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ok, in general, lets say you have some function in the form:\[y=f(x)\]and you have some inequality like:\[y>=4\]
now, on the line \(y=f(x)\) you know the value of 'y' will EQUAL the value of 'f(x)', so we draw the curve for y=f(x) as a solid line to indicate that we need to include this region.
so now we need to consider the line y=4. this will be a horizontal line which passes through y=4.
the horizontal line could intersect the curve at some points. e.g.: |dw:1322436287068:dw|
now since our inequality is y>=4, we need to draw a solid line at the places where y=4.
but what about the shaded region?
sorry - my explanation went a bit hay wire above!
what I should have said is lets say we have an inequality of the form y>=f(x)
lol it's okay take your time :)
now, on the curve y=f(x), we know it satisfies the inequality - so we make the line solid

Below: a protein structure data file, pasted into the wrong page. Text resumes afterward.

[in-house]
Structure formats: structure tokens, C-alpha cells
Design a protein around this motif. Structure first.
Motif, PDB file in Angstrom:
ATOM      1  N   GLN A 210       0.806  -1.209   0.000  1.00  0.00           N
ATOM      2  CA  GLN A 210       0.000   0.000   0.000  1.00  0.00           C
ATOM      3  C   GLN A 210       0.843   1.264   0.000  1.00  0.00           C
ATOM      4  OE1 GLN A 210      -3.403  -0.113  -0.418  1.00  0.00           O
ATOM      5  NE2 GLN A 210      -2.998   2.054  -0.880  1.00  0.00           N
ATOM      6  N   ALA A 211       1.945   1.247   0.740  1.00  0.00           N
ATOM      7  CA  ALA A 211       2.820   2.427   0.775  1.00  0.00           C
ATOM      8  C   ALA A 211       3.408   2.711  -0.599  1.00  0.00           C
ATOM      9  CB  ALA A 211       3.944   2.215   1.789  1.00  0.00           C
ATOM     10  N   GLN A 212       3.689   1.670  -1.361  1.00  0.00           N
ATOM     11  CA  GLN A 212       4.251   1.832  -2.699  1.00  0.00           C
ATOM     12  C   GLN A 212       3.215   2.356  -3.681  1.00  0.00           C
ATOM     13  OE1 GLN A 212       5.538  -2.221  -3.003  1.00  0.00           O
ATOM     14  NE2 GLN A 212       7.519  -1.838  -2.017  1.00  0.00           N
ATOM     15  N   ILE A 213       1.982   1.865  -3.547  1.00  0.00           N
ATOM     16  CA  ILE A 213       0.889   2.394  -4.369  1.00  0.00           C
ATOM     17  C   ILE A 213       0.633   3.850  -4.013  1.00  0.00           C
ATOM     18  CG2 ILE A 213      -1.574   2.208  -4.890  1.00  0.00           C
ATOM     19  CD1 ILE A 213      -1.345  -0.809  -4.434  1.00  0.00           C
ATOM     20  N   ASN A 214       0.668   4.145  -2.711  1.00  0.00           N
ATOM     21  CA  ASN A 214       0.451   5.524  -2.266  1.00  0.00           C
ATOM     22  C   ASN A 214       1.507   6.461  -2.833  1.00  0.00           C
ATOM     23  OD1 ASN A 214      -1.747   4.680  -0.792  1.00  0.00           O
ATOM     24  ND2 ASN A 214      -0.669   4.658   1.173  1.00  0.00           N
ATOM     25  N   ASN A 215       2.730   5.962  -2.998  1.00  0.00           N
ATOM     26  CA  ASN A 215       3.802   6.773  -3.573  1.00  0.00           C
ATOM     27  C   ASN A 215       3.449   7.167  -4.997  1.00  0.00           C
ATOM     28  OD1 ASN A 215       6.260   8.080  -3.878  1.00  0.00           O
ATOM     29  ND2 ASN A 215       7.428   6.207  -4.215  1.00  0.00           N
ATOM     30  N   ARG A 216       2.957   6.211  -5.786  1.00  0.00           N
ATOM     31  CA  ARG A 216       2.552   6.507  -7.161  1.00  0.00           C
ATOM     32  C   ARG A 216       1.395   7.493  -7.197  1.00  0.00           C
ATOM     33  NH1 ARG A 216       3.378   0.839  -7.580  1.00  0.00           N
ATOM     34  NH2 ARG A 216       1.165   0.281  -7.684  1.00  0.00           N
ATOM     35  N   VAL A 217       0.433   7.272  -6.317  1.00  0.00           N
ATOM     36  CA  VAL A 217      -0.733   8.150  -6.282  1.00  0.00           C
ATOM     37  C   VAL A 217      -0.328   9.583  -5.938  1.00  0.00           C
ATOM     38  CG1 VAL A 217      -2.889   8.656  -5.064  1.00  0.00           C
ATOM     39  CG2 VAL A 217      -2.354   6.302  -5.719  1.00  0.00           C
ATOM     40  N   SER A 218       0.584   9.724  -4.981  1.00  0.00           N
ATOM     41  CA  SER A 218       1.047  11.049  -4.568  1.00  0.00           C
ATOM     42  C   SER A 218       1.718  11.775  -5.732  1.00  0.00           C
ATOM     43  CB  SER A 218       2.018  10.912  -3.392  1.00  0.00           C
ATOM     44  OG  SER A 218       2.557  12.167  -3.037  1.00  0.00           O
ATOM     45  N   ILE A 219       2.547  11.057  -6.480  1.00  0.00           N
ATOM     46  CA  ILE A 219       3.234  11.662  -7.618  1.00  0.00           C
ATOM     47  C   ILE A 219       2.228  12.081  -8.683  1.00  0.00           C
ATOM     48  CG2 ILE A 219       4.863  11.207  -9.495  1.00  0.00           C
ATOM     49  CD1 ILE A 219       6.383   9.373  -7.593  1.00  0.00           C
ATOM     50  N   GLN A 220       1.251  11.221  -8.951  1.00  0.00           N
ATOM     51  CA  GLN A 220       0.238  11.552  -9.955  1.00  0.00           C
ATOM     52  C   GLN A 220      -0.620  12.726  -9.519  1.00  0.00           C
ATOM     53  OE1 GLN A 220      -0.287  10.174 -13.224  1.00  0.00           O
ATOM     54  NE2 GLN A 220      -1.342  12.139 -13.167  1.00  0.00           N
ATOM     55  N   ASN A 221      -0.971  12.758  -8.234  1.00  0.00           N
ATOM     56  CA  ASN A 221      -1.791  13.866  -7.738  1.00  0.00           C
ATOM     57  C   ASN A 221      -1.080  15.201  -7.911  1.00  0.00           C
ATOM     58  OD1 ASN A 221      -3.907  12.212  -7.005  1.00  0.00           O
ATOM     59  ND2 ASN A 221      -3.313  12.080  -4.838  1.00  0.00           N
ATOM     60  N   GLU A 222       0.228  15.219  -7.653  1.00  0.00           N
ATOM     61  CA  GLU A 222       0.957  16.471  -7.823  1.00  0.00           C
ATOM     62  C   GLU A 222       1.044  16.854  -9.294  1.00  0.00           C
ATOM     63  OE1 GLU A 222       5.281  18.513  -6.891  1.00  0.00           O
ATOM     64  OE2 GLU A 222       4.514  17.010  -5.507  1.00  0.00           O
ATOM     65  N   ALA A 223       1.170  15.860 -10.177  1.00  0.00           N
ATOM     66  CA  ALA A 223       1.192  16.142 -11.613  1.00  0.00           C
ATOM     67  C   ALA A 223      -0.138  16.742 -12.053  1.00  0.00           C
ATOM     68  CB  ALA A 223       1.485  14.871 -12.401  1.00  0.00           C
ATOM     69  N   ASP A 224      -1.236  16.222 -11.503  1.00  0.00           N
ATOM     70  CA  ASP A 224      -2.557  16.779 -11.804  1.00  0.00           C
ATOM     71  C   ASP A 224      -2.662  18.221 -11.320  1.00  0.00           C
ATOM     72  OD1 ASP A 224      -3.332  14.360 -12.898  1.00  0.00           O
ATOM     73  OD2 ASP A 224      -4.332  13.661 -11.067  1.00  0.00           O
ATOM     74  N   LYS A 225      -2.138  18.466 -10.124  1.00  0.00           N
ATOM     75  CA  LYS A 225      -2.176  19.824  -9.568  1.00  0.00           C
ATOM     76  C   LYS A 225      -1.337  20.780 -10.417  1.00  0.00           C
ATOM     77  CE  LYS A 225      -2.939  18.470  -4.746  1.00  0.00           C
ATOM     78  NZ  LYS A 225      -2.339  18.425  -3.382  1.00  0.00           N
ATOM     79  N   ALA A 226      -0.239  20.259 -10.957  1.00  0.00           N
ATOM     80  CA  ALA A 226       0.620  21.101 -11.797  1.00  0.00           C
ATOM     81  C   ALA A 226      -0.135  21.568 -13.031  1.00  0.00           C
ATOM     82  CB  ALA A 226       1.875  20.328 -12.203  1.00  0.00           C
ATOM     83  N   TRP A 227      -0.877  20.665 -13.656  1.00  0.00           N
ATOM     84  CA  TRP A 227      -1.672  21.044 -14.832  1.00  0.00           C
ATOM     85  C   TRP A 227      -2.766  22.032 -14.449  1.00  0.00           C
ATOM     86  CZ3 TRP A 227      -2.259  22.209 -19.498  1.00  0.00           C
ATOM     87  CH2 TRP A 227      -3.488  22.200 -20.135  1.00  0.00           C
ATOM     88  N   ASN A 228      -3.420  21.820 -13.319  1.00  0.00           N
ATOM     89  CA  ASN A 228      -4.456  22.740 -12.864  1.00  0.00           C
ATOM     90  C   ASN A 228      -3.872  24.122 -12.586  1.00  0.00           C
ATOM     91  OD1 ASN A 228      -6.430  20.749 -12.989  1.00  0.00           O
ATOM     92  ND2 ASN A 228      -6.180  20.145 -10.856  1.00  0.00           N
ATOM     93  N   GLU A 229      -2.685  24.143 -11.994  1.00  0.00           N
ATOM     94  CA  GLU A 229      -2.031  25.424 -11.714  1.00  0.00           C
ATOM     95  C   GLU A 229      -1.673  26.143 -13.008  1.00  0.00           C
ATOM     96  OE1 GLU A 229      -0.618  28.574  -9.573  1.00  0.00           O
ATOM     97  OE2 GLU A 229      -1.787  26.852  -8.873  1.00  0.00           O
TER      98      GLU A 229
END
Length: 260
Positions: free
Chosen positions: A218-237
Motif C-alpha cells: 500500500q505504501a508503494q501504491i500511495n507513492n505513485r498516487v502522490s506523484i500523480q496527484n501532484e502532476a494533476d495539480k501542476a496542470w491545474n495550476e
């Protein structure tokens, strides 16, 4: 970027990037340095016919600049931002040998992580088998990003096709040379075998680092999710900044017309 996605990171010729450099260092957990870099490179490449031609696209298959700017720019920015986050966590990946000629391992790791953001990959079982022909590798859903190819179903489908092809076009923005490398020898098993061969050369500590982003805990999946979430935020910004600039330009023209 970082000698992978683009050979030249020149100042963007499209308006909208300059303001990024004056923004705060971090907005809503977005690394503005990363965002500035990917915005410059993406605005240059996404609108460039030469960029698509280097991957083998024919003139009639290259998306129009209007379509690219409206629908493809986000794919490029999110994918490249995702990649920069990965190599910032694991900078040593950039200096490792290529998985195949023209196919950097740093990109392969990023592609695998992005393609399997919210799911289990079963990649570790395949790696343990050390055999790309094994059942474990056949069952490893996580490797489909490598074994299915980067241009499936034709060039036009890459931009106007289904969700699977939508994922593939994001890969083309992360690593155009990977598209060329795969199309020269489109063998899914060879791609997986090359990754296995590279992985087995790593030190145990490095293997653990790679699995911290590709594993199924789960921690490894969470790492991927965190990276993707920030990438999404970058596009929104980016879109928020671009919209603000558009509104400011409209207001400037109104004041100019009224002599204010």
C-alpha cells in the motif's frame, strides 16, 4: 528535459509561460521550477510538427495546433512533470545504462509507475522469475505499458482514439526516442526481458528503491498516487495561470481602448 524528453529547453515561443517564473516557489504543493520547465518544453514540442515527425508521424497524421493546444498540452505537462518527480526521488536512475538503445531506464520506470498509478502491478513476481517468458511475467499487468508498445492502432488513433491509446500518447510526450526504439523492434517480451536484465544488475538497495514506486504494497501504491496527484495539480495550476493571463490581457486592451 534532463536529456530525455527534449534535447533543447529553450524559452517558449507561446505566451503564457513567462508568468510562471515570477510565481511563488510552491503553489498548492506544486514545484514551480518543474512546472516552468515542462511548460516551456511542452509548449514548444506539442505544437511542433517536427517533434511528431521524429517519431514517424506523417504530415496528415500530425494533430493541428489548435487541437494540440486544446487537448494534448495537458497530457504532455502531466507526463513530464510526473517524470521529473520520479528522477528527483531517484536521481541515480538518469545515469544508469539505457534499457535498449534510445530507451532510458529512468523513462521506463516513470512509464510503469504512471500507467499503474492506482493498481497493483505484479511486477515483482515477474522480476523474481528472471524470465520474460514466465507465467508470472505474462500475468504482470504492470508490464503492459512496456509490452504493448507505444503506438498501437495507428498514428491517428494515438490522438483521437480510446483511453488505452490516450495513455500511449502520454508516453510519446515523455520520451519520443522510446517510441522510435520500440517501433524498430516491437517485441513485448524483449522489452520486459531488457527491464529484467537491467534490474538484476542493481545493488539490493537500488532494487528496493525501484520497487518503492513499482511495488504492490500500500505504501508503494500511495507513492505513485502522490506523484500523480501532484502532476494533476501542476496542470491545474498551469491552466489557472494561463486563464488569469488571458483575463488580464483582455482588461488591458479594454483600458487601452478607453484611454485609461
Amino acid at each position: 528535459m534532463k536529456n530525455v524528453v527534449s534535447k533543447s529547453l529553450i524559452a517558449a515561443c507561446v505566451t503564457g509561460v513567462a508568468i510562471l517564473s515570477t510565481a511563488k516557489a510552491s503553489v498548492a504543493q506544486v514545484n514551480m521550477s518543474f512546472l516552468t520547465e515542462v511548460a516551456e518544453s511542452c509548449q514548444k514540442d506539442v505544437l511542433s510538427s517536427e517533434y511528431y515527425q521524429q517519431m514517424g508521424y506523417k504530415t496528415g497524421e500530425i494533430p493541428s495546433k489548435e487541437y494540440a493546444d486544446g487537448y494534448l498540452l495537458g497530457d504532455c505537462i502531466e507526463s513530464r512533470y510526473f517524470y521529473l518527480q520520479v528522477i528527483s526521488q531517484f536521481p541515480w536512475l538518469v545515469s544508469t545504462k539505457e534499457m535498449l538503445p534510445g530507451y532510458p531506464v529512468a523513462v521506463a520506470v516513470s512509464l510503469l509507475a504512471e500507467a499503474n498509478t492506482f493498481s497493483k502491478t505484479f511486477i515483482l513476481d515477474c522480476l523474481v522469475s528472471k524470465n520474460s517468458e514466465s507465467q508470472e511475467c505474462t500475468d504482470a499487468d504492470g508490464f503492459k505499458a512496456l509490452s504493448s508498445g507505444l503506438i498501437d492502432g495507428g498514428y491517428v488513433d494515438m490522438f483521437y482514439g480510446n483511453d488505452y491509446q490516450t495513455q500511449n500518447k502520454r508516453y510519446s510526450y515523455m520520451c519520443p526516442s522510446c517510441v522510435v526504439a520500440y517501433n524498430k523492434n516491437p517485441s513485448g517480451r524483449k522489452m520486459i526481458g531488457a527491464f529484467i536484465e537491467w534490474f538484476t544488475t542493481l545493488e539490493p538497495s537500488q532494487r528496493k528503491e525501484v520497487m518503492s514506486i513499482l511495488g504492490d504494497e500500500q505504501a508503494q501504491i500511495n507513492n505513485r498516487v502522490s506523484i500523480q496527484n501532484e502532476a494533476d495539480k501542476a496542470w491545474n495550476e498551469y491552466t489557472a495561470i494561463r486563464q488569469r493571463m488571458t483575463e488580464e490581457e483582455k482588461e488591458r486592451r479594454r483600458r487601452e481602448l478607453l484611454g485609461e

below the curve y=f(x) does NOT satisfy the inequality as there we have y
above the curve y=f(x) DOES satisfy the inequality, so we include that region by shading it in
for shading it in, how do you know it satisfies the inequality?
does the diagram make sense?
not really :(
I have taken some point x=x1 (which is represented by the vertical line) where this vertical line crosses the curve y=f(x), we know y=f(x1) above that point of intersection, we know y>f(x1) below that point of intersection, we know y
np - sorry for the confusion at the beginning :-)